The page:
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4-H records

 Collection
Identifier: ua00017

Scope and Content

The 4-H records consist of reports and minutes, correspondence, program planning materials, publications, photographs, audio-visual materials, scrapbooks, individual staff, club, and participant records, and histories of the organization in Minnesota. The collection also includes records that document Minnesota staff and member participation in national and international 4-H programs.

Dates

  • 1913-2010s

Creator

Use of Materials

Items in this collection do not circulate and may be used in-house only.

Copyright

Researchers may quote from the collection under the fair use provision of the copyright law (Title 17, U.S. Code). Requests to publish should be arranged with the University of Minnesota Archives.

Historical Note

4-H was established as a response to changing rural demographics at the turn of the 19th century. Young people in rural communities were leaving farming for work prospects in cities: 4-H was an attempt to counter this trend and keep young people on the farm by providing education, community service and social opportunities. The precursor to 4-H was founded 1901 in Ohio by A.B. Graham, a school principal who promoted vocational agricultural education through out-of-school clubs. The model spread throughout the Midwest and South, and activities in sewing, canning and cooking were developed for girls. Between 1905 and 1914 hundreds of agricultural clubs were organized throughout the country.

4-H was strengthened when the United States Congress passed the Smith-Lever Act in 1914, creating the Cooperative Agricultural Extension Service (CAES). The CAES used funds from counties, state land-grant universities and colleges, and the U.S. Department of Agriculture to create and sustain education opportunities in agriculture and home economics. Youth education and development has been a fundamental component of Extension since its founding, and 4-H became the vehicle for delivering experiential learning to young people.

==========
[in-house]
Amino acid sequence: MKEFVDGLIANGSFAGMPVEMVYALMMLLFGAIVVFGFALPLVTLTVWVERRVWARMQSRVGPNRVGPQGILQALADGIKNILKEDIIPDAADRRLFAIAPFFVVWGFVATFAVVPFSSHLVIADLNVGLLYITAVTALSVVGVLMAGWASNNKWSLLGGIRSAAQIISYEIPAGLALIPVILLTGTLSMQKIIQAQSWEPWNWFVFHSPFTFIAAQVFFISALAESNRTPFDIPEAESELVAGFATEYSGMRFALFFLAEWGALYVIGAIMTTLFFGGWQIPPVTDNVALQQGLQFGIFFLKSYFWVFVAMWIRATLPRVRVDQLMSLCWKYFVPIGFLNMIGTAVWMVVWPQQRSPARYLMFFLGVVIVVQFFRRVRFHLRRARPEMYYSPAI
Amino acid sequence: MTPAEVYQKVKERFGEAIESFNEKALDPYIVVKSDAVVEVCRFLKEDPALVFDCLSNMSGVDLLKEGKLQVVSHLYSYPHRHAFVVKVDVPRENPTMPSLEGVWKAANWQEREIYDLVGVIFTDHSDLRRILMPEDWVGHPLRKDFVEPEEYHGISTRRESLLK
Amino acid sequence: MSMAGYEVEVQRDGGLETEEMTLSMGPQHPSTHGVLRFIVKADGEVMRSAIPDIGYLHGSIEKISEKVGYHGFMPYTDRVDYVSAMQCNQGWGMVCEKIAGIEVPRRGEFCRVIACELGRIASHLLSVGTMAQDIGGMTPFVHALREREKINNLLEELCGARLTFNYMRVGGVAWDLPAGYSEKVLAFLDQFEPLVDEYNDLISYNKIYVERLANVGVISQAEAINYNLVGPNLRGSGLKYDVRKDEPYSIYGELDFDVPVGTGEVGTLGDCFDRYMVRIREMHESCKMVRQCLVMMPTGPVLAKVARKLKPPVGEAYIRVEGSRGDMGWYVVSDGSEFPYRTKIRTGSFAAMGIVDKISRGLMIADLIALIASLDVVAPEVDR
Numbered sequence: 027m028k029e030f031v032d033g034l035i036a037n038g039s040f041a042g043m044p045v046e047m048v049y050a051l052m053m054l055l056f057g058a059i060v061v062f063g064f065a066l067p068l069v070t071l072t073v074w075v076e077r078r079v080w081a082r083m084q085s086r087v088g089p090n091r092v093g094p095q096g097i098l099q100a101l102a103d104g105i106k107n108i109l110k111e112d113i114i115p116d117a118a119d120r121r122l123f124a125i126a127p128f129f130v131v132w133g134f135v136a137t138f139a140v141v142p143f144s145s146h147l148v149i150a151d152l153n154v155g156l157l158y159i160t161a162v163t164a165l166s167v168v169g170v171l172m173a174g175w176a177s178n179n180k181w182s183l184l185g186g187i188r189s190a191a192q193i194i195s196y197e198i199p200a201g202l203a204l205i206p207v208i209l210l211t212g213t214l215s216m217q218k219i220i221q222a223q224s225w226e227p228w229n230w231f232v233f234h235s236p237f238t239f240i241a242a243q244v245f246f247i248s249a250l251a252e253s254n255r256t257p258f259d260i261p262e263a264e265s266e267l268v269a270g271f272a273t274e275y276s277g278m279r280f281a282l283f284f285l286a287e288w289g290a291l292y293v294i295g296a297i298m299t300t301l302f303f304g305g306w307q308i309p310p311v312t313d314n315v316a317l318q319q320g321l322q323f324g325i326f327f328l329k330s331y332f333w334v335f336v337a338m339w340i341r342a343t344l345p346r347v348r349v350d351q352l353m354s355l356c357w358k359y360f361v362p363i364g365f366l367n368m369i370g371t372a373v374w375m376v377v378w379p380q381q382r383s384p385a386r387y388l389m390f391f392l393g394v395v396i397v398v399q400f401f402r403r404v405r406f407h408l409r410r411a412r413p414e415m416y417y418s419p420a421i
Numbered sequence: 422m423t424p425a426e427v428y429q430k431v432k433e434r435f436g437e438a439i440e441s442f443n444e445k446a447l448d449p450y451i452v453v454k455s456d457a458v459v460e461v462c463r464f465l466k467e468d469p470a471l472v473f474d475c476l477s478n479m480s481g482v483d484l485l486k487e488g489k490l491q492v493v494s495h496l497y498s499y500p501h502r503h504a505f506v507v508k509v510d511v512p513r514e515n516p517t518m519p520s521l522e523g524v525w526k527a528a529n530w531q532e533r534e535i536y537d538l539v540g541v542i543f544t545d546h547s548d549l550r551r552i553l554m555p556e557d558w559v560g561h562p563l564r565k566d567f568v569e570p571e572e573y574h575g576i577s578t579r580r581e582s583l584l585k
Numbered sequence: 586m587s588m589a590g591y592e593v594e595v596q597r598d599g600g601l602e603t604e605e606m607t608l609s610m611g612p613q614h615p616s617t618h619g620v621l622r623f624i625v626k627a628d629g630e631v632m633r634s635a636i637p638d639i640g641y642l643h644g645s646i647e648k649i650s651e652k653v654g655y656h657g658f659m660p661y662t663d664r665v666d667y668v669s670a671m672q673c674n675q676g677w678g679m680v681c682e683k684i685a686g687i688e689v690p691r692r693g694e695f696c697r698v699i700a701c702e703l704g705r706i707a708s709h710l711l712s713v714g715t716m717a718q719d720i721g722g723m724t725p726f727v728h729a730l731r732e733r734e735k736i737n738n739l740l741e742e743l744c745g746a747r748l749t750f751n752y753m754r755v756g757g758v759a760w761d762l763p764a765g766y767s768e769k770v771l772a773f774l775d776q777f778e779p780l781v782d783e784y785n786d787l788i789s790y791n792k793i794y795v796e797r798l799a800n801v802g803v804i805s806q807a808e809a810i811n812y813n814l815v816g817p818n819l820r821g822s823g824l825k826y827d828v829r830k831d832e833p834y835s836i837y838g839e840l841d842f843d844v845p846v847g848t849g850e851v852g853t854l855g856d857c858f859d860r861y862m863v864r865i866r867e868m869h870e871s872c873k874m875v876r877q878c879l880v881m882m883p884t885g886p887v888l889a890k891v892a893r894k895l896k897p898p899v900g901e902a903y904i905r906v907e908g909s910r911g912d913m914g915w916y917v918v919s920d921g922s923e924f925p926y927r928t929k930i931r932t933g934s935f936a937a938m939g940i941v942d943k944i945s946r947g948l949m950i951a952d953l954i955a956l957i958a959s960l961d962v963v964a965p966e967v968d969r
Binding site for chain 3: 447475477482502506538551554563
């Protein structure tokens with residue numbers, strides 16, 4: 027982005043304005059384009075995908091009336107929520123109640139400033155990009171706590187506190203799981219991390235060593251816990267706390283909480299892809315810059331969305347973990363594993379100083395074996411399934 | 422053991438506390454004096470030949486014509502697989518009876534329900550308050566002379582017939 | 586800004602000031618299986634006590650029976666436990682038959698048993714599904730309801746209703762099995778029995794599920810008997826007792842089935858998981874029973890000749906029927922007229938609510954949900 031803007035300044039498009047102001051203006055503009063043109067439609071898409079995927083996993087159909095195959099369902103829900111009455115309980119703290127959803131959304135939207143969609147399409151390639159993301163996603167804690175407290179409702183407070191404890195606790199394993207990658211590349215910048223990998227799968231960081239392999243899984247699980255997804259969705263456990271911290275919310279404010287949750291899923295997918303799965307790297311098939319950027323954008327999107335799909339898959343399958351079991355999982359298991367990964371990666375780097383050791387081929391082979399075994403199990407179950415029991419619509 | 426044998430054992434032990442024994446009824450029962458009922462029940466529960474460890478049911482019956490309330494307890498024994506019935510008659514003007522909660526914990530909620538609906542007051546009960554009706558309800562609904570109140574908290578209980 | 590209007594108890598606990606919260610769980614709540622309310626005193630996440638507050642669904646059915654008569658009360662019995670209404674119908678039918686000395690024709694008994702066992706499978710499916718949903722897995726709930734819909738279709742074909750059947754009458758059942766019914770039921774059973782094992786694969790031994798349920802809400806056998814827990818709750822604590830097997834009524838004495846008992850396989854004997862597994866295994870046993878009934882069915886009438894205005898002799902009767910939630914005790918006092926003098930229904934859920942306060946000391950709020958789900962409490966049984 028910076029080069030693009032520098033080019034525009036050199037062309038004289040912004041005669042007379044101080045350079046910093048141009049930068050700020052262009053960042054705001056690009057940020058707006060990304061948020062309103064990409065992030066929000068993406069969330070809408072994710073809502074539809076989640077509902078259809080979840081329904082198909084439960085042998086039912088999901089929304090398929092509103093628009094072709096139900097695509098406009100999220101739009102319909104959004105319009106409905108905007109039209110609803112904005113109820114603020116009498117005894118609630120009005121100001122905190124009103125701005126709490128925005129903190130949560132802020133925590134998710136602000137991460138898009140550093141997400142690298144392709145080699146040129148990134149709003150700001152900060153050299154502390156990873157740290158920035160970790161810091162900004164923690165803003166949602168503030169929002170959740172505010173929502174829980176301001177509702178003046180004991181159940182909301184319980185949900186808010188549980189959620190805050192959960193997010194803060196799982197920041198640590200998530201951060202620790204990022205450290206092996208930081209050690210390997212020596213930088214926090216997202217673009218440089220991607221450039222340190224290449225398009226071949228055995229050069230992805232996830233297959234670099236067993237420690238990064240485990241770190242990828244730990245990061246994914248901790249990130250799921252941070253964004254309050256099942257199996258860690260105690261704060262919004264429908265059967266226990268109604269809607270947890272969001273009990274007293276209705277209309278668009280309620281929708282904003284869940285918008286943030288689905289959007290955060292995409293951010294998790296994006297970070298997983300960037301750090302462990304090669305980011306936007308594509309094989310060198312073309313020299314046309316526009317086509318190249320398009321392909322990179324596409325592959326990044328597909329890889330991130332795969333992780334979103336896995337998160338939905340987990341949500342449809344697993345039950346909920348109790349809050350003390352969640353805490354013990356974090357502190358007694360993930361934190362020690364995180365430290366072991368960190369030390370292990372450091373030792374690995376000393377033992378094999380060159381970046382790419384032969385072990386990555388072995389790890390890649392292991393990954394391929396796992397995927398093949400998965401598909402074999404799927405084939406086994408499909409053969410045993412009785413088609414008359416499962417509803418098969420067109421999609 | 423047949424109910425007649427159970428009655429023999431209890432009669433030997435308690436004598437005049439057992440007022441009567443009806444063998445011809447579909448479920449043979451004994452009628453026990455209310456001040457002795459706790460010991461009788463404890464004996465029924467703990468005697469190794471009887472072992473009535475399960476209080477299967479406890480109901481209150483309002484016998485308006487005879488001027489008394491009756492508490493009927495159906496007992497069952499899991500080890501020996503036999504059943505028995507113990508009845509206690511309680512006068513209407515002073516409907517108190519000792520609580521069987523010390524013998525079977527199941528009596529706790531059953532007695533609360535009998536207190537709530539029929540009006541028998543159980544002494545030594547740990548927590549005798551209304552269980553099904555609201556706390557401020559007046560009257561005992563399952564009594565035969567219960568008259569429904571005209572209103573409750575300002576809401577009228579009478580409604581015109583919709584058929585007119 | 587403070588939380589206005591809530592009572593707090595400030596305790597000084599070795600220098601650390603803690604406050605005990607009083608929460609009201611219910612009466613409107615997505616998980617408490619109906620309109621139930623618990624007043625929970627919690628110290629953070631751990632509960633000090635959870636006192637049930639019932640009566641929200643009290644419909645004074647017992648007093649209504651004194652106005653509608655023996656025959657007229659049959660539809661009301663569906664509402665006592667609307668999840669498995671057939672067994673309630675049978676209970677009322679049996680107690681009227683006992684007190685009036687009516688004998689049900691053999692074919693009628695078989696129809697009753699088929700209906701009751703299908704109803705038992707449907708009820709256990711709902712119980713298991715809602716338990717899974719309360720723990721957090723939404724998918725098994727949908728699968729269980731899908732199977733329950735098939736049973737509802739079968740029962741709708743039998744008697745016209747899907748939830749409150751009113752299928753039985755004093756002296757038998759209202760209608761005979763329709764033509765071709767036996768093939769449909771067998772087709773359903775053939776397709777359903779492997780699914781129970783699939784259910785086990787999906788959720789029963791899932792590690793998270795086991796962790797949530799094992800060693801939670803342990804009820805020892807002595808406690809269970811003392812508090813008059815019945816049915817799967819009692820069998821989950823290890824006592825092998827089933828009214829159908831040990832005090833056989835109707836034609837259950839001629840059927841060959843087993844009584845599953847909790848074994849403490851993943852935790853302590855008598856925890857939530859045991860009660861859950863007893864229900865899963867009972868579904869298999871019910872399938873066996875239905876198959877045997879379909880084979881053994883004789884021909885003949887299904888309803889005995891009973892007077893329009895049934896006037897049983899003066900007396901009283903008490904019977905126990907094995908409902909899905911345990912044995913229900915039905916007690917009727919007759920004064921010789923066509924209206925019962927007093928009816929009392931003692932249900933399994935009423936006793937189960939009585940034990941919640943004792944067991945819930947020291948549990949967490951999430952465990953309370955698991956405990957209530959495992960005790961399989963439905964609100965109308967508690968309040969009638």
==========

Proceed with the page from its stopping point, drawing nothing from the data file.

In Minnesota, 4-H grew out of the boys and girls clubs movement. Theodore (Dad) Erickson, introduced the first agricultural club in 1904, focusing on teaching boys about corn-growing and culminating in growing competitions. In 1912, Erickson was appointed as the first 4-H club leader in Minnesota, a position he held until 1940. The program grew quickly. One of the early successes was the junior livestock shows. Beginning in 1918, they were held in the St. Paul Stockyards and supported by the Minnesota Livestock Breeders Association and the St. Paul meatpacking firms, with rules set up by the boys and girls club staff at University Farm. The junior show caught on and became a major 4-H event. The program kick-started membership by “giving agents a way to build trust with parents by teaching their children how to manage their livestock.”